The brands are removing old logos and imaging that perpetuate racial stereotypes.
This week, there's been a major shakeup in the food industry affecting products that feature logos and images that could be considered racially insensitive. Four brands are removing logos and names from packaging and replacing them with something more reflective of modern life. The first to announce a change was PepsiCo’s Aunt Jemima brand. The company said it would be removing the name and picture of an African American woman from syrup and pancake mixes later this fall.
In a press statement, vice president and chief marketing officer Kristin Kroepf said the changes are part of an effort to make progress towards racial equality. PepsiCo has also announced an initiative to spend over $400 million over five years to help black communities and hire more black employees at the company.
Courtesy Uncle Ben's, Facebook
Hours after PepsiCo’s announcement, Mars—the producer of Uncle Ben’s rice—said it was also planning to change the name and image on its boxes and bags of rice. The company put a message on its social media channels acknowledging its role in helping fight social injustices.
“One way we can do this is to evolve the Uncle Ben’s brand and visual identity, which we will do. We don’t know yet what the exact changes or timing that will be, but we are evaluating all possibilities.”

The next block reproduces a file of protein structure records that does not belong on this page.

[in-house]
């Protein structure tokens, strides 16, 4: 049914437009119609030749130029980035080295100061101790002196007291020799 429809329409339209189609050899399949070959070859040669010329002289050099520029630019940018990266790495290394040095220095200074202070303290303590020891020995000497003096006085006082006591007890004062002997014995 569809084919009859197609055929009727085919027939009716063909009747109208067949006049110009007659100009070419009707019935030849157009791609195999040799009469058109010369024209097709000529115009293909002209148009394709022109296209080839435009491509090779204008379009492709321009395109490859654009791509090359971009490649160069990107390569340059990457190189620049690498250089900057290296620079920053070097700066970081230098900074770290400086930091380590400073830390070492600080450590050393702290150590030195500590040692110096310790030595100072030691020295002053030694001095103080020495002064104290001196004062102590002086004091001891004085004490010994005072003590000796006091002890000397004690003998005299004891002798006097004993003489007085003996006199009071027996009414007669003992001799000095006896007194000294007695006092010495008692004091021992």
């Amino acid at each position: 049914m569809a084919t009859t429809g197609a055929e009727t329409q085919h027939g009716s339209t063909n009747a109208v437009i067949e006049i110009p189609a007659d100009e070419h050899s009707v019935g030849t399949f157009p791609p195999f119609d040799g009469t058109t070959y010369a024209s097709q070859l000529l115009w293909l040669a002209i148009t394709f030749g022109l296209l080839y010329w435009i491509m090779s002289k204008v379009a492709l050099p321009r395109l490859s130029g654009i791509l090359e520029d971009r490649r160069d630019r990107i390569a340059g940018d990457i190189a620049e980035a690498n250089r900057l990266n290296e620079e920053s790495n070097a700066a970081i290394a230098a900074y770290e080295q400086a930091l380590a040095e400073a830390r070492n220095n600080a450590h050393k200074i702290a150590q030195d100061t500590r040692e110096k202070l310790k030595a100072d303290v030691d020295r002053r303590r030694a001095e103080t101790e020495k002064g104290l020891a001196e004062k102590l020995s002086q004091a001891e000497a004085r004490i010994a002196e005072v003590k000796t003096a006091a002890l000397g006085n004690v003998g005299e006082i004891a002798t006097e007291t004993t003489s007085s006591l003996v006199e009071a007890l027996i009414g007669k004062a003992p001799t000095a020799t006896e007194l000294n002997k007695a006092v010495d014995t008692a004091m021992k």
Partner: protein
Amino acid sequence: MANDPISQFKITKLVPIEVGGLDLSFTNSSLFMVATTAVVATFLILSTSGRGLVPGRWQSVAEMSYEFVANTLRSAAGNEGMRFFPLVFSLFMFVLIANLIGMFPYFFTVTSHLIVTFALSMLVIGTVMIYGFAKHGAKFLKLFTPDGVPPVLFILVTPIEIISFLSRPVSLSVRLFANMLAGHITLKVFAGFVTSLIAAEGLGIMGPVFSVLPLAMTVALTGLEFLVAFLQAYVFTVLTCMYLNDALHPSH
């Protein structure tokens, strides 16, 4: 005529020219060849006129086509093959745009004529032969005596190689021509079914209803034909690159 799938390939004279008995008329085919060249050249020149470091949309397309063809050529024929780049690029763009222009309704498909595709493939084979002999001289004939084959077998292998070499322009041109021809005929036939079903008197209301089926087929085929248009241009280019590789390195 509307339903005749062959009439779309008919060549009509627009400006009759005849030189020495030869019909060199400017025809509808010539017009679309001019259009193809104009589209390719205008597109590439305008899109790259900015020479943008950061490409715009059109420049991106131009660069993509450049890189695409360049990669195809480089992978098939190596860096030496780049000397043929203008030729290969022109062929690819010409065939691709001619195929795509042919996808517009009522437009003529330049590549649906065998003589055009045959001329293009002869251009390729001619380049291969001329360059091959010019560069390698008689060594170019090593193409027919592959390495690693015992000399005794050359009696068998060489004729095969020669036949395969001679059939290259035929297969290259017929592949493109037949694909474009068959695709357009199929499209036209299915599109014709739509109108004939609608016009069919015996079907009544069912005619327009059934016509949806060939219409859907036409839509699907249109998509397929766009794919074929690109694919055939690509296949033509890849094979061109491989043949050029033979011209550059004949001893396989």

Courtesy Conagra Foods, Facebook
Next came another pancake syrup, Mrs. Butterworth’s. Conagra foods said in a statement it will be changing the iconic grandmother-shaped bottle and imaging.
“The Mrs. Butterworth's brand, including its syrup packaging, is intended to evoke the images of a loving grandmother. We stand in solidarity with our Black and Brown communities and we can see that our packaging may be interpreted in a way that is wholly inconsistent with our values.”
Finally, B&G Foods, the producers of Cream of Wheat, said the company will conduct a review of its packaging as well. The hot cereal mix displays a picture of an African American man wearing a chef's hat and holding a serving dish.
In the wake of the protests around the death of George Floyd and police injustice, CEOs around the country have been announcing efforts to be more inclusive, fight racism, and direct funding to African American communities.
What do you think of the changes? Are there any other brands whose imaging could be deemed insensitive? Tell us in the comments!